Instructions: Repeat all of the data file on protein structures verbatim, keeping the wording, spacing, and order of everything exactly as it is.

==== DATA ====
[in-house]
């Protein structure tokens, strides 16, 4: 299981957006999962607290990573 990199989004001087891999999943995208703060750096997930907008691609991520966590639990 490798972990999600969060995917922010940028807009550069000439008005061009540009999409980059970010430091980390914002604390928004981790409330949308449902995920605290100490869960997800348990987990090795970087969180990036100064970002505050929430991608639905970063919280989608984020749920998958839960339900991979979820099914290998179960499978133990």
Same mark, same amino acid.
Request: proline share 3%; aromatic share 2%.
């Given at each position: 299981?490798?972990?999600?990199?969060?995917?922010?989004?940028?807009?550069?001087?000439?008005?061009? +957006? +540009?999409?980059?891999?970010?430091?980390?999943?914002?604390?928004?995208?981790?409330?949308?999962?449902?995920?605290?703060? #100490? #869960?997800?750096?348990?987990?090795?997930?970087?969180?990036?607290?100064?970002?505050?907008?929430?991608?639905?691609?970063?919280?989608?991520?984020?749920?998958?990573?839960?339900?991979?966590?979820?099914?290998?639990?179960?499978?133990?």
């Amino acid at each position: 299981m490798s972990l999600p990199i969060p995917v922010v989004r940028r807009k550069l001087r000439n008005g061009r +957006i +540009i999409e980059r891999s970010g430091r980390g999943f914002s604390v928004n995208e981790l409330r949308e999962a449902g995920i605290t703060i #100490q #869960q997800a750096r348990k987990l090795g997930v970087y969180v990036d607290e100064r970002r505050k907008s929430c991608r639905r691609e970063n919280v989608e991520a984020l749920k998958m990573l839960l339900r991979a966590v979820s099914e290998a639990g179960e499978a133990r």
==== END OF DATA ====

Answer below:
[in-house]
């Protein structure tokens, strides 16, 4: 299981957006999962607290990573 990199989004001087891999999943995208703060750096997930907008691609991520966590639990 490798972990999600969060995917922010940028807009550069000439008005061009540009999409980059970010430091980390914002604390928004981790409330949308449902995920605290100490869960997800348990987990090795970087969180990036100064970002505050929430991608639905970063919280989608984020749920998958839960339900991979979820099914290998179960499978133990």
Same mark, same amino acid.
Request: proline share 3%; aromatic share 2%.
């Given at each position: 299981?490798?972990?999600?990199?969060?995917?922010?989004?940028?807009?550069?001087?000439?008005?061009? +957006? +540009?999409?980059?891999?970010?430091?980390?999943?914002?604390?928004?995208?981790?409330?949308?999962?449902?995920?605290?703060? #100490? #869960?997800?750096?348990?987990?090795?997930?970087?969180?990036?607290?100064?970002?505050?907008?929430?991608?639905?691609?970063?919280?989608?991520?984020?749920?998958?990573?839960?339900?991979?966590?979820?099914?290998?639990?179960?499978?133990?």
């Amino acid at each position: 299981m490798s972990l999600p990199i969060p995917v922010v989004r940028r807009k550069l001087r000439n008005g061009r +957006i +540009i999409e980059r891999s970010g430091r980390g999943f914002s604390v928004n995208e981790l409330r949308e999962a449902g995920i605290t703060i #100490q #869960q997800a750096r348990k987990l090795g997930v970087y969180v990036d607290e100064r970002r505050k907008s929430c991608r639905r691609e970063n919280v989608e991520a984020l749920k998958m990573l839960l339900r991979a966590v979820s099914e290998a639990g179960e499978a133990r």